Can the inclusion of gender-specific policies in the operations of oil palm companies and the RSPO certification scheme do more than cover up the violence and structural patriarchy and racism inherent in the plantation model? How, in such context, do these gender policies unfold?
The extent of exploitation and discrimination of women within the palm oil industry has become difficult to deny. Companies as well as its certification scheme, the Roundtable for Sustainable Palm Oil (RSPO), have responded with the inclusion of gender-specific policies and guidelines in their operations. But, if the plantation model in itself is understood as a violent, destructive, structurally racist and patriarchal one, can these gender-specific policies do more than cover up this violence and destruction? How, in such context, do these gender policies unfold?
Oil palm plantation companies praise themselves from their programs and policies that claim to give opportunities to women. The multinational company Olam, for example, states in its Living Landscape Policy that all suppliers should achieve “gender equality, equal access and empowerment of women,” as well as having its operations in “full compliance with applicable national and international laws, including human and labour rights” (1) Yet, women living in and around Olam’s oil palm plantations in Gabon have told WRM a different story: “… we can no longer walk alone, as women, we need to go in groups because of the risk of being assaulted by company workers or security guards. We no longer feel safe around our villages. There is definitely an increase of abuse.”
The transnational plantation company Socfin defends its ‘gender policy’ operations in Sierra Leone by saying that about a quarter of their permanent employees are women. Socfin goes on to assert that policies have been established “to protect their work,” and that a “gender committee” has been set up to “discuss women’s issues and grievances.” (2) RSPO has already provided its seal of approval to many Socfin plantations and the company is trying to get its operations in Sierra Leone certified.
In contrast to these company declarations, a woman in Sierra Leone facing the impacts of Socfin told WRM in December 2020 that “the company takes advantage of women’s labour in so many ways… When the company has already taken over the land, women are most times left with no option but to work for the company… And they are not well paid. The companies are very well aware that women have no other alternative, so they decide how much to pay them, and even how to treat them. Women have to walk from very far away places every day to work, and then return back, on very long walks, exposing themselves to violence… the challenges are so much.” (3)
A list of testimonies from women denouncing the many layers of destruction and violence that this industry means for them would be never-ending. One woman said that, “even if you were already working and completed a month’s job but refused to sleep with the headman or supervisor, you will not receive your pay, your name will be missing from the list or you will get paid far less than what was initially promised or due to you.” One young Liberian woman described the reality on the plantation where she worked, “I work two times in the week and during those two days, the headman will always touch all the women’s breasts and butts all of the time, including me.” A woman from Guatemala said, “Often, the plantation foremen blackmail women, offering them work in exchange for sex; if they do not agree to sleep with them, the foremen do not employ them.” Others report that, “you have to sleep with the headmen or supervisors before you can get your food to be sold to the workers.” (4)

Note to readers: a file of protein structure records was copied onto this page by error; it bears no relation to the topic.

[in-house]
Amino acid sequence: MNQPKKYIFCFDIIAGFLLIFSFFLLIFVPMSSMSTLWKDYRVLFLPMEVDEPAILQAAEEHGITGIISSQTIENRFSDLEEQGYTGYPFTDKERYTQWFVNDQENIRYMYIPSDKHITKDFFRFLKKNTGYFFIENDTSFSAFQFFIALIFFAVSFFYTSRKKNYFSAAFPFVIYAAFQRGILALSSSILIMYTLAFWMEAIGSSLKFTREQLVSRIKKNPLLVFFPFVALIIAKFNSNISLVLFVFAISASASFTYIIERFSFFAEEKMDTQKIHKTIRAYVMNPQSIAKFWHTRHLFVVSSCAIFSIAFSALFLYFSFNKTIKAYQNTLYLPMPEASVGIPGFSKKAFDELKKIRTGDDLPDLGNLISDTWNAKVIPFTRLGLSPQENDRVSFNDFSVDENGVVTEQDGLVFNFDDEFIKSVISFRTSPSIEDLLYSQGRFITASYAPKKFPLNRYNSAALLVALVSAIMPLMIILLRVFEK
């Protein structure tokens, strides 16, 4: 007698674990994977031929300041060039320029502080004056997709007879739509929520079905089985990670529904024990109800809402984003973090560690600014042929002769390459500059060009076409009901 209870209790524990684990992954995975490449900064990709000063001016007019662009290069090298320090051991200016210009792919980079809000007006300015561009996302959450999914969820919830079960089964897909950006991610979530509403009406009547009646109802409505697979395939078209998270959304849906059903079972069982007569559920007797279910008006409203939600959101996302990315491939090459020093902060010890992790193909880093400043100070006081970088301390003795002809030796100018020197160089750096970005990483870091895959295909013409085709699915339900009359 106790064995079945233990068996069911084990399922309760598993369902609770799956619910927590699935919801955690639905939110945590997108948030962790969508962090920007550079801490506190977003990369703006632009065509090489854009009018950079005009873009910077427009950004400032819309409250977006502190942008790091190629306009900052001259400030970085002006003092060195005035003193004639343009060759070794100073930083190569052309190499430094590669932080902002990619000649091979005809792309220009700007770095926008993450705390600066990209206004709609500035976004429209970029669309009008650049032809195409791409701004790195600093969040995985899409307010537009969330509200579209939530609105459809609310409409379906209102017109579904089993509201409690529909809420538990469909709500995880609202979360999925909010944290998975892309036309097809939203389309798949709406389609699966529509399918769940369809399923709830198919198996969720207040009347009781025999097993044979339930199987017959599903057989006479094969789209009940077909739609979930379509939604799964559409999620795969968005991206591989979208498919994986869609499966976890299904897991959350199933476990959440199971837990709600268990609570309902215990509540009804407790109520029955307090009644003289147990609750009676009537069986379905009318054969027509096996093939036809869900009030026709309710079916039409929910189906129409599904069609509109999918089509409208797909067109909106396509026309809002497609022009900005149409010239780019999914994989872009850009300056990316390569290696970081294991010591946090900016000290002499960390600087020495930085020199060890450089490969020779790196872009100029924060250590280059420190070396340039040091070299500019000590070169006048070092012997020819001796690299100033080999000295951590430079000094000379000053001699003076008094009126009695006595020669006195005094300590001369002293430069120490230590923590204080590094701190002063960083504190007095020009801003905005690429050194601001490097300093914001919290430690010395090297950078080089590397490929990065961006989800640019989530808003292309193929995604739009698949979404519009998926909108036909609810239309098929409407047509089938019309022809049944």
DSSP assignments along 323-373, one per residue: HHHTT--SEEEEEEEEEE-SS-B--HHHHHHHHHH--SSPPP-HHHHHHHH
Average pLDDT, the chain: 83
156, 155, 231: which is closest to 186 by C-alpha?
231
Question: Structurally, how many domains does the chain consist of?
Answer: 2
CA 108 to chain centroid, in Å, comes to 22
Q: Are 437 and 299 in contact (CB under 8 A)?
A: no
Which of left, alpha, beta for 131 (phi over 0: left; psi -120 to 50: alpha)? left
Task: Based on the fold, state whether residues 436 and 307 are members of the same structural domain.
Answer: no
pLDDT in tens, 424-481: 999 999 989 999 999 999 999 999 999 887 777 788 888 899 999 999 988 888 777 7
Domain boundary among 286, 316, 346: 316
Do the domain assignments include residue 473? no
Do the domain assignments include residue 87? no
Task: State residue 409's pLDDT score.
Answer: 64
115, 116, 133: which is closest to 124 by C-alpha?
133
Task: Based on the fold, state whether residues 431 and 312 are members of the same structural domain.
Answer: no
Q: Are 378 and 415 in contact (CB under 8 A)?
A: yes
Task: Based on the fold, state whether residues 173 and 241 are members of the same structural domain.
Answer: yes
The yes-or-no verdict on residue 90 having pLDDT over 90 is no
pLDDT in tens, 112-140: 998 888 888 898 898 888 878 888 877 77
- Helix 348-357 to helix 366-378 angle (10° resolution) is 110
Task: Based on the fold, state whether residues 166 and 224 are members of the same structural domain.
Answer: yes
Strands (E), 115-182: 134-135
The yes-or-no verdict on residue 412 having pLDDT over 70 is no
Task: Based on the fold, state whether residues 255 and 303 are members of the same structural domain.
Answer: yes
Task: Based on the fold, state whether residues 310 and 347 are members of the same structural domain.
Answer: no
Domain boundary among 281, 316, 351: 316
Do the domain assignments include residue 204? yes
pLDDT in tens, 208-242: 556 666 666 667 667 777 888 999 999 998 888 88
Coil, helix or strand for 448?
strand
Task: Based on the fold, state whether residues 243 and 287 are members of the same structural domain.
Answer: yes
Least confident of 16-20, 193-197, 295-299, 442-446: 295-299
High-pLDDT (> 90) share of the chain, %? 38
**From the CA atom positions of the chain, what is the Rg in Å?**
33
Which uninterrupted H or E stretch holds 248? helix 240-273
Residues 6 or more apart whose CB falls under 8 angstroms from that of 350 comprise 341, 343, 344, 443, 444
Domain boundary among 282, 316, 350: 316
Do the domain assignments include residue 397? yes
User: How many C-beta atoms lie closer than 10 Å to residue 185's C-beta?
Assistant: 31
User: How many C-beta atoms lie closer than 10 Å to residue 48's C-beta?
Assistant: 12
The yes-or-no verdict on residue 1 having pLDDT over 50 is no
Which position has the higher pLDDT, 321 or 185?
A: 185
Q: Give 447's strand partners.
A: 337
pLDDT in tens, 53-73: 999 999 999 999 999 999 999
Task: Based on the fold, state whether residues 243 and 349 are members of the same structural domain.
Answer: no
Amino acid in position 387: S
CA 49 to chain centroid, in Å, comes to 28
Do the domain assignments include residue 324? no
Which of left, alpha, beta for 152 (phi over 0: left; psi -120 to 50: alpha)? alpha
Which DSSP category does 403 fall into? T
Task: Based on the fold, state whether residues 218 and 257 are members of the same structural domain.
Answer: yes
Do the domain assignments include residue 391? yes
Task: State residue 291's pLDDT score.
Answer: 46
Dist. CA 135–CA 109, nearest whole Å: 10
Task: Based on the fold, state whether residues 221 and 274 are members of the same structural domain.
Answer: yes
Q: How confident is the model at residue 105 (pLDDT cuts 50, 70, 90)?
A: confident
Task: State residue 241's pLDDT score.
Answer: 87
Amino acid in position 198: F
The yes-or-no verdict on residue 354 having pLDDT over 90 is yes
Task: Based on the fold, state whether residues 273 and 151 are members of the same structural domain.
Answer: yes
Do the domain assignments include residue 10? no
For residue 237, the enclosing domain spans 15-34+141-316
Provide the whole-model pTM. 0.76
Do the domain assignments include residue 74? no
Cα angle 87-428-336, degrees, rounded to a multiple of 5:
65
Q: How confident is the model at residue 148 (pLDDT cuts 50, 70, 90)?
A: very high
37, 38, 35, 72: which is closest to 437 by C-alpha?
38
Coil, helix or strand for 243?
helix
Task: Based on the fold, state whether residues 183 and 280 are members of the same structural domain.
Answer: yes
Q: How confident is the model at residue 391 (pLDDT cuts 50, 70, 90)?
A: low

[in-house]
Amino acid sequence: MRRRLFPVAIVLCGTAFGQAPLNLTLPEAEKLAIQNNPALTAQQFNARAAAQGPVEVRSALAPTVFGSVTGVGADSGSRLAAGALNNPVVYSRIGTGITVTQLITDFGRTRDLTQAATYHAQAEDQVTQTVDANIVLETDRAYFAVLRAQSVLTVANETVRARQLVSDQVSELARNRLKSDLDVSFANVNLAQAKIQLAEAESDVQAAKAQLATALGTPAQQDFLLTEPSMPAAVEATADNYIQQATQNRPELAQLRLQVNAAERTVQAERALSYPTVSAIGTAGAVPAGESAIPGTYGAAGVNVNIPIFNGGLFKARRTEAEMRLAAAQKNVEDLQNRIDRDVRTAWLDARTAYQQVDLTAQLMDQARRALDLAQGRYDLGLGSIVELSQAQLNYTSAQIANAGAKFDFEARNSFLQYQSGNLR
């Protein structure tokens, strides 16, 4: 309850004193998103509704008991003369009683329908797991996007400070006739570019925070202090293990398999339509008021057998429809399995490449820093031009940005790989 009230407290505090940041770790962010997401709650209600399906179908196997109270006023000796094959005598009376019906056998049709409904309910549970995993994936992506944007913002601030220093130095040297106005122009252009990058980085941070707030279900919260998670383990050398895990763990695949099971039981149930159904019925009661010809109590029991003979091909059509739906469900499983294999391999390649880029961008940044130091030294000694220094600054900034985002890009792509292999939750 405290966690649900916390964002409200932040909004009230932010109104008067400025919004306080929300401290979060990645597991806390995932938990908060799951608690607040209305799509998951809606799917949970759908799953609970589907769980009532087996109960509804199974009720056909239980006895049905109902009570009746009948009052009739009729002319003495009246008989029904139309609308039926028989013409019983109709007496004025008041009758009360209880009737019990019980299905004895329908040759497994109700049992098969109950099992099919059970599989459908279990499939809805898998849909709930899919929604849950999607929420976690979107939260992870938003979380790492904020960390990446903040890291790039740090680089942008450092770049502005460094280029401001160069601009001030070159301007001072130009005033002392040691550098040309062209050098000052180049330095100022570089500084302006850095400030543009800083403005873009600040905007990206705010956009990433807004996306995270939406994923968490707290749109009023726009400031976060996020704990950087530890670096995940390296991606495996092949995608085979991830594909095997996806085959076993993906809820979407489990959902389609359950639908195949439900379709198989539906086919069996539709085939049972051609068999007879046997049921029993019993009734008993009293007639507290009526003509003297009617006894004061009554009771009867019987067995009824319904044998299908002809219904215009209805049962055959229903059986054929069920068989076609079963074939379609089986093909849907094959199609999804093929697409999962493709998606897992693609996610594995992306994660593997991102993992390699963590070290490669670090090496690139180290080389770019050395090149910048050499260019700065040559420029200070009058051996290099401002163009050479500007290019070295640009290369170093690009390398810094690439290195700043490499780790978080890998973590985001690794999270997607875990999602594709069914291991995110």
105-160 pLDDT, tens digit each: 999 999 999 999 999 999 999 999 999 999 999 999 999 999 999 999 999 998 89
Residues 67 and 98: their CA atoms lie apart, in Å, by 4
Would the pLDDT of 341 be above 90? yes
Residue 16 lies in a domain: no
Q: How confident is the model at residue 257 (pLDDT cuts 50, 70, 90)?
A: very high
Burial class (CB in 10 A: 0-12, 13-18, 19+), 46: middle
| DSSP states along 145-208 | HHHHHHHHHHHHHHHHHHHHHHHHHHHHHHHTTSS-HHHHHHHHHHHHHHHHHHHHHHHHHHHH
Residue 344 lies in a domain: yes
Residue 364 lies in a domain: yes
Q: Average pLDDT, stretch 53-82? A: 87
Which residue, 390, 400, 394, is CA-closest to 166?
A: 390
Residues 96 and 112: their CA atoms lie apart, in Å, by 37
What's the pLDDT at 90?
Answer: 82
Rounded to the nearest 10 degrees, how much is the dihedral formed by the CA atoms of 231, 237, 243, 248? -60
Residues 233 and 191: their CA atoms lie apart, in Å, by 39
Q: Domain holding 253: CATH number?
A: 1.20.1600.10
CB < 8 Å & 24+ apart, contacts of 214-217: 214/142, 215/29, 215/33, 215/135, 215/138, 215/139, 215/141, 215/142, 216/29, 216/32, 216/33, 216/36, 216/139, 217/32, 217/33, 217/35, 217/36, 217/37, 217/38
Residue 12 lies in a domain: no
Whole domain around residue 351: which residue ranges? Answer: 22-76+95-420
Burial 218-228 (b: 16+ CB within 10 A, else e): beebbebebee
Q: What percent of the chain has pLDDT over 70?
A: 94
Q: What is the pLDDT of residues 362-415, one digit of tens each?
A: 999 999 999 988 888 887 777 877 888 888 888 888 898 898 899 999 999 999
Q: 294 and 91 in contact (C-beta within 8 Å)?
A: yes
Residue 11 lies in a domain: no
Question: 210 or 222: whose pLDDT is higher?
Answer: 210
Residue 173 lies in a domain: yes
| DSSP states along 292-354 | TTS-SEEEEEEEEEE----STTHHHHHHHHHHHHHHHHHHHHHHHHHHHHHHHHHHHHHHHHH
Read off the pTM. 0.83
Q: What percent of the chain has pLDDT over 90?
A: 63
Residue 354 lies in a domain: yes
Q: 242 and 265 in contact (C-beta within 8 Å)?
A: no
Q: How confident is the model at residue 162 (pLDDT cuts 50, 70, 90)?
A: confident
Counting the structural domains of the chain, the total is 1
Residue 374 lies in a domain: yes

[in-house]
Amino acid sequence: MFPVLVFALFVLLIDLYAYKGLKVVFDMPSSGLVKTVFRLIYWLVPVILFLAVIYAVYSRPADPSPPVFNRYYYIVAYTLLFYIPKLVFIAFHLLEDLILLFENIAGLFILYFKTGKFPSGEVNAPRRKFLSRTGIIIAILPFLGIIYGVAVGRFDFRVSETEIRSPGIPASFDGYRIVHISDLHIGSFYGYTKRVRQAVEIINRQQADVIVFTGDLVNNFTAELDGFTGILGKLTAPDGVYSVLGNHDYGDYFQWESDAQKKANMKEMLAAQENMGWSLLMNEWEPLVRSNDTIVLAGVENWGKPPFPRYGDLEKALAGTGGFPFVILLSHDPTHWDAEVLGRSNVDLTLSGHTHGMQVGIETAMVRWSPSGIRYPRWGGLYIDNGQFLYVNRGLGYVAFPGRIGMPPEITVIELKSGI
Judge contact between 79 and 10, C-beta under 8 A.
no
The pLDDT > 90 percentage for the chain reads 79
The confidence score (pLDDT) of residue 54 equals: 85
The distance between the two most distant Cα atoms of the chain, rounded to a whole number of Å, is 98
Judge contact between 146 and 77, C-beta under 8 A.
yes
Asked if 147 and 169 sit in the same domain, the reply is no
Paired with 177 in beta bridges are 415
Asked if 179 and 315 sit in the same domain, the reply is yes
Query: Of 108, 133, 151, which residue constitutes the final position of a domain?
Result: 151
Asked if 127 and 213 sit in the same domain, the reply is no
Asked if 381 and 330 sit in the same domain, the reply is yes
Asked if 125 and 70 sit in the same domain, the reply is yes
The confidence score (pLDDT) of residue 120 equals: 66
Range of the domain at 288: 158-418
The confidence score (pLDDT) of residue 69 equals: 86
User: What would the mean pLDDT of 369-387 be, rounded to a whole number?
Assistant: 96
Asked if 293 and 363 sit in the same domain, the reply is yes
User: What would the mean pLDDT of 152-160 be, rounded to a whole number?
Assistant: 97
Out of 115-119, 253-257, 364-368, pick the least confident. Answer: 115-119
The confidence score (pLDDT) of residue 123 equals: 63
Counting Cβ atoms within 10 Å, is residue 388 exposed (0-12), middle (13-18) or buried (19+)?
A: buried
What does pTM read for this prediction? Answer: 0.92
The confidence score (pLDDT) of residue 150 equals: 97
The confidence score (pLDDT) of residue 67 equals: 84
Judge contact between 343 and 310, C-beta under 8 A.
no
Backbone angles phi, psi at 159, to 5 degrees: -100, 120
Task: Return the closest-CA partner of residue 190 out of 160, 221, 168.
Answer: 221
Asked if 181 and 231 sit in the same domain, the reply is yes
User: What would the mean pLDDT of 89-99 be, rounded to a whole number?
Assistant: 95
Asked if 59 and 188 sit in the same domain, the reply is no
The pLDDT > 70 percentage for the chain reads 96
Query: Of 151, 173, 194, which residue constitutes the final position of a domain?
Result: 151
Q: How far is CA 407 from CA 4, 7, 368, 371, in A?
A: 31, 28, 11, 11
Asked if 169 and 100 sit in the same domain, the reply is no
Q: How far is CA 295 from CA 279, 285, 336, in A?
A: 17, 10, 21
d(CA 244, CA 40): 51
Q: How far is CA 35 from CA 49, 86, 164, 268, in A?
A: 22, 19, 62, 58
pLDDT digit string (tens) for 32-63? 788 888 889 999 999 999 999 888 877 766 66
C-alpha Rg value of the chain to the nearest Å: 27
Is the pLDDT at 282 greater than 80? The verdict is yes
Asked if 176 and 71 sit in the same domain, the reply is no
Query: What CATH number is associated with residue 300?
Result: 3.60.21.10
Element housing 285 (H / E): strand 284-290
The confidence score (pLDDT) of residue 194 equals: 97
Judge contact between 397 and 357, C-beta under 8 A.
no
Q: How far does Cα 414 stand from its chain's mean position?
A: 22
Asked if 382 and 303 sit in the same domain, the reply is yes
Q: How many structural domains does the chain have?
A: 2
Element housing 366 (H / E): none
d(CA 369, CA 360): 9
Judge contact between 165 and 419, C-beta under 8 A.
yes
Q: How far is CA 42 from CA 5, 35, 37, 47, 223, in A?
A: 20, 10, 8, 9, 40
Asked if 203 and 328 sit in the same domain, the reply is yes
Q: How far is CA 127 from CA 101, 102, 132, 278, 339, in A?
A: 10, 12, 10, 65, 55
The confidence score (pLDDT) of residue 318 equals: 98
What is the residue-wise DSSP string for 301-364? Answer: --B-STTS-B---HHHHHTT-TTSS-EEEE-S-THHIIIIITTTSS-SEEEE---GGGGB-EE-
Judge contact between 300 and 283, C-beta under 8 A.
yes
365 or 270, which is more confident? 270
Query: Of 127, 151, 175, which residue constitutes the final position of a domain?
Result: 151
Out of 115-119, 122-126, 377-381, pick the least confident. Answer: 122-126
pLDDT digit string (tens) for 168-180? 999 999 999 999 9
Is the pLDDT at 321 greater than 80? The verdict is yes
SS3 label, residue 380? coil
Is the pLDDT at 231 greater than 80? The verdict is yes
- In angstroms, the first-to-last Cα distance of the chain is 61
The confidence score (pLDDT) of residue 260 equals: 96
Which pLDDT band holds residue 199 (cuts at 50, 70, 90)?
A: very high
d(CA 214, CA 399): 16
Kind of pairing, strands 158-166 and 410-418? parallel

In West and Central Africa, oil palm industrial plantations also become a threat to its traditional cultivation and use. Resistance against these plantations thus turns also into a women’s fight for their economic independence. Yet, when women speak out, companies make use of the cultural roles assigned to women to marginalize them. As exposed in the booklet “12 tactics palm oil companies use to grab community land,” (5) companies will, for example, comment to chiefs and family members that a ‘woman’s business is in the house and cooking, not criticizing the company’. They will try to make male family members feel ashamed and embarrassed that their wives, daughters or sisters are taking action. As a result, the whole family, and sometimes a big portion of the community, will put pressure on women to stop their protests against the company.
The reality is that wherever these plantations expand in Africa, Asia and Latin America, women living in or around industrial oil palm plantations face an increase in similar abuses, such as (6):
- rape and torture in or around the plantations fields, with the perpetrators usually going unpunished;